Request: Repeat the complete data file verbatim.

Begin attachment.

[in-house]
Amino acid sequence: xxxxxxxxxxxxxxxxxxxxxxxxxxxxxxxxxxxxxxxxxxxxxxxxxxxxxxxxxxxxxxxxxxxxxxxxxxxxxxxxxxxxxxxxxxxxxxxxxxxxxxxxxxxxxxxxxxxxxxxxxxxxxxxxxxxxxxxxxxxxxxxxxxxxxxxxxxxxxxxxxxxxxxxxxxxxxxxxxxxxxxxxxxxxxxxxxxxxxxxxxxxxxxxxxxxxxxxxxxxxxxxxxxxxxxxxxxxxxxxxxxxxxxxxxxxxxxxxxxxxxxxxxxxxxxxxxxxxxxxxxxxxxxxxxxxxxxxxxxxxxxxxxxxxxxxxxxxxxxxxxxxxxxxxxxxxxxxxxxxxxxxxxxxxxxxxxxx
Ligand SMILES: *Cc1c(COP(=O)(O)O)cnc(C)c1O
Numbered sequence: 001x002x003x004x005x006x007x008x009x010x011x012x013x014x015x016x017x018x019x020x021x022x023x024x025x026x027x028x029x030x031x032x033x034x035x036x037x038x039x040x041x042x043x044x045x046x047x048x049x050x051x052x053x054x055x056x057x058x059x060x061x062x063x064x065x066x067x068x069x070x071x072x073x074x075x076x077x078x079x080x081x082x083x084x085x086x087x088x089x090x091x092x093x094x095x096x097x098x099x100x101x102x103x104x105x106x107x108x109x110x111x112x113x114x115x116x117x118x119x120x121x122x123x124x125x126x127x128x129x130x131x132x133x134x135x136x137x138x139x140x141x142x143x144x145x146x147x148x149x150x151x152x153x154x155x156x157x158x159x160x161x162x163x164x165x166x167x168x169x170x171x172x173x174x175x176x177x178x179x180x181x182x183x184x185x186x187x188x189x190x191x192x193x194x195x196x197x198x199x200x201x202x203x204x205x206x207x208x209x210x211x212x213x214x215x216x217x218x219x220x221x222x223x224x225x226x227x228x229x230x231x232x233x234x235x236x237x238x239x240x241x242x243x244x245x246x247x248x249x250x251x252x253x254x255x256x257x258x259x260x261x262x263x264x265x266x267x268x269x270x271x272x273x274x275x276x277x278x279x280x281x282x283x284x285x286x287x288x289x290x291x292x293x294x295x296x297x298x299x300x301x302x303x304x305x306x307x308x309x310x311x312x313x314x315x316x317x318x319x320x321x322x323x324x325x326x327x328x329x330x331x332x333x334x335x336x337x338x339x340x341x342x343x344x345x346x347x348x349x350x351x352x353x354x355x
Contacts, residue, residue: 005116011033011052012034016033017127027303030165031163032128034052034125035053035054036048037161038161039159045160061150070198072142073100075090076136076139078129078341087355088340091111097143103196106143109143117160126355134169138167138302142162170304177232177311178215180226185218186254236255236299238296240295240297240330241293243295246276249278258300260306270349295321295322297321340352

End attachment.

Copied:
[in-house]
Amino acid sequence: xxxxxxxxxxxxxxxxxxxxxxxxxxxxxxxxxxxxxxxxxxxxxxxxxxxxxxxxxxxxxxxxxxxxxxxxxxxxxxxxxxxxxxxxxxxxxxxxxxxxxxxxxxxxxxxxxxxxxxxxxxxxxxxxxxxxxxxxxxxxxxxxxxxxxxxxxxxxxxxxxxxxxxxxxxxxxxxxxxxxxxxxxxxxxxxxxxxxxxxxxxxxxxxxxxxxxxxxxxxxxxxxxxxxxxxxxxxxxxxxxxxxxxxxxxxxxxxxxxxxxxxxxxxxxxxxxxxxxxxxxxxxxxxxxxxxxxxxxxxxxxxxxxxxxxxxxxxxxxxxxxxxxxxxxxxxxxxxxxxxxxxxxxxxxxxxxxx
Ligand SMILES: *Cc1c(COP(=O)(O)O)cnc(C)c1O
Numbered sequence: 001x002x003x004x005x006x007x008x009x010x011x012x013x014x015x016x017x018x019x020x021x022x023x024x025x026x027x028x029x030x031x032x033x034x035x036x037x038x039x040x041x042x043x044x045x046x047x048x049x050x051x052x053x054x055x056x057x058x059x060x061x062x063x064x065x066x067x068x069x070x071x072x073x074x075x076x077x078x079x080x081x082x083x084x085x086x087x088x089x090x091x092x093x094x095x096x097x098x099x100x101x102x103x104x105x106x107x108x109x110x111x112x113x114x115x116x117x118x119x120x121x122x123x124x125x126x127x128x129x130x131x132x133x134x135x136x137x138x139x140x141x142x143x144x145x146x147x148x149x150x151x152x153x154x155x156x157x158x159x160x161x162x163x164x165x166x167x168x169x170x171x172x173x174x175x176x177x178x179x180x181x182x183x184x185x186x187x188x189x190x191x192x193x194x195x196x197x198x199x200x201x202x203x204x205x206x207x208x209x210x211x212x213x214x215x216x217x218x219x220x221x222x223x224x225x226x227x228x229x230x231x232x233x234x235x236x237x238x239x240x241x242x243x244x245x246x247x248x249x250x251x252x253x254x255x256x257x258x259x260x261x262x263x264x265x266x267x268x269x270x271x272x273x274x275x276x277x278x279x280x281x282x283x284x285x286x287x288x289x290x291x292x293x294x295x296x297x298x299x300x301x302x303x304x305x306x307x308x309x310x311x312x313x314x315x316x317x318x319x320x321x322x323x324x325x326x327x328x329x330x331x332x333x334x335x336x337x338x339x340x341x342x343x344x345x346x347x348x349x350x351x352x353x354x355x
Contacts, residue, residue: 005116011033011052012034016033017127027303030165031163032128034052034125035053035054036048037161038161039159045160061150070198072142073100075090076136076139078129078341087355088340091111097143103196106143109143117160126355134169138167138302142162170304177232177311178215180226185218186254236255236299238296240295240297240330241293243295246276249278258300260306270349295321295322297321340352